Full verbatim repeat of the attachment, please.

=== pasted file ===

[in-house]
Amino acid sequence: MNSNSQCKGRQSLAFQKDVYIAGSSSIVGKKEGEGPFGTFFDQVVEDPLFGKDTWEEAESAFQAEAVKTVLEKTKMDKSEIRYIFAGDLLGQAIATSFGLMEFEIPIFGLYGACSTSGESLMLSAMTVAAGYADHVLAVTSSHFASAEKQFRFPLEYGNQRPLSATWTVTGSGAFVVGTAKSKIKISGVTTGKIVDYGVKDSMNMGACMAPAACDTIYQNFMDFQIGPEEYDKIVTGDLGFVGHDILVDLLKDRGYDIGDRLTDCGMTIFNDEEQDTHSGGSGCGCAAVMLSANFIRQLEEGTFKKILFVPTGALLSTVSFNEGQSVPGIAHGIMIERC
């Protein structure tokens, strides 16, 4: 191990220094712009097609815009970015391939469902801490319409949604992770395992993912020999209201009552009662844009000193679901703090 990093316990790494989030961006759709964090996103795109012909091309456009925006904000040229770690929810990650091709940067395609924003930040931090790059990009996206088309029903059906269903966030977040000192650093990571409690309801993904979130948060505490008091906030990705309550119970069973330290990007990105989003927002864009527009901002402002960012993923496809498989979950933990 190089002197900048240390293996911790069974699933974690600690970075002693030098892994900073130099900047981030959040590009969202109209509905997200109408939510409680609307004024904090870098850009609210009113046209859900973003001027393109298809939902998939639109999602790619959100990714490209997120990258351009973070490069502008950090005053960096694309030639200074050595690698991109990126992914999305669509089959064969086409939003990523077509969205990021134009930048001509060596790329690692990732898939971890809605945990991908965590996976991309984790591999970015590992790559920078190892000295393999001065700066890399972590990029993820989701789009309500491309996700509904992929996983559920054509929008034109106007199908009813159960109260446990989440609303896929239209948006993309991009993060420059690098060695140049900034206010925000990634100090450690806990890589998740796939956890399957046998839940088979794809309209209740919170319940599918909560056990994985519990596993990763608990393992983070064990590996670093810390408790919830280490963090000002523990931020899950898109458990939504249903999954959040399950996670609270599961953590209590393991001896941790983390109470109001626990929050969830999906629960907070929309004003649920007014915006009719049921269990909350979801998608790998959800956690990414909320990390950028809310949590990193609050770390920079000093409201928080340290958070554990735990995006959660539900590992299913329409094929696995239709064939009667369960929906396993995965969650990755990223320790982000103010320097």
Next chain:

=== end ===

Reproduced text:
[in-house]
Amino acid sequence: MNSNSQCKGRQSLAFQKDVYIAGSSSIVGKKEGEGPFGTFFDQVVEDPLFGKDTWEEAESAFQAEAVKTVLEKTKMDKSEIRYIFAGDLLGQAIATSFGLMEFEIPIFGLYGACSTSGESLMLSAMTVAAGYADHVLAVTSSHFASAEKQFRFPLEYGNQRPLSATWTVTGSGAFVVGTAKSKIKISGVTTGKIVDYGVKDSMNMGACMAPAACDTIYQNFMDFQIGPEEYDKIVTGDLGFVGHDILVDLLKDRGYDIGDRLTDCGMTIFNDEEQDTHSGGSGCGCAAVMLSANFIRQLEEGTFKKILFVPTGALLSTVSFNEGQSVPGIAHGIMIERC
């Protein structure tokens, strides 16, 4: 191990220094712009097609815009970015391939469902801490319409949604992770395992993912020999209201009552009662844009000193679901703090 990093316990790494989030961006759709964090996103795109012909091309456009925006904000040229770690929810990650091709940067395609924003930040931090790059990009996206088309029903059906269903966030977040000192650093990571409690309801993904979130948060505490008091906030990705309550119970069973330290990007990105989003927002864009527009901002402002960012993923496809498989979950933990 190089002197900048240390293996911790069974699933974690600690970075002693030098892994900073130099900047981030959040590009969202109209509905997200109408939510409680609307004024904090870098850009609210009113046209859900973003001027393109298809939902998939639109999602790619959100990714490209997120990258351009973070490069502008950090005053960096694309030639200074050595690698991109990126992914999305669509089959064969086409939003990523077509969205990021134009930048001509060596790329690692990732898939971890809605945990991908965590996976991309984790591999970015590992790559920078190892000295393999001065700066890399972590990029993820989701789009309500491309996700509904992929996983559920054509929008034109106007199908009813159960109260446990989440609303896929239209948006993309991009993060420059690098060695140049900034206010925000990634100090450690806990890589998740796939956890399957046998839940088979794809309209209740919170319940599918909560056990994985519990596993990763608990393992983070064990590996670093810390408790919830280490963090000002523990931020899950898109458990939504249903999954959040399950996670609270599961953590209590393991001896941790983390109470109001626990929050969830999906629960907070929309004003649920007014915006009719049921269990909350979801998608790998959800956690990414909320990390950028809310949590990193609050770390920079000093409201928080340290958070554990735990995006959660539900590992299913329409094929696995239709064939009667369960929906396993995965969650990755990223320790982000103010320097």
Next chain: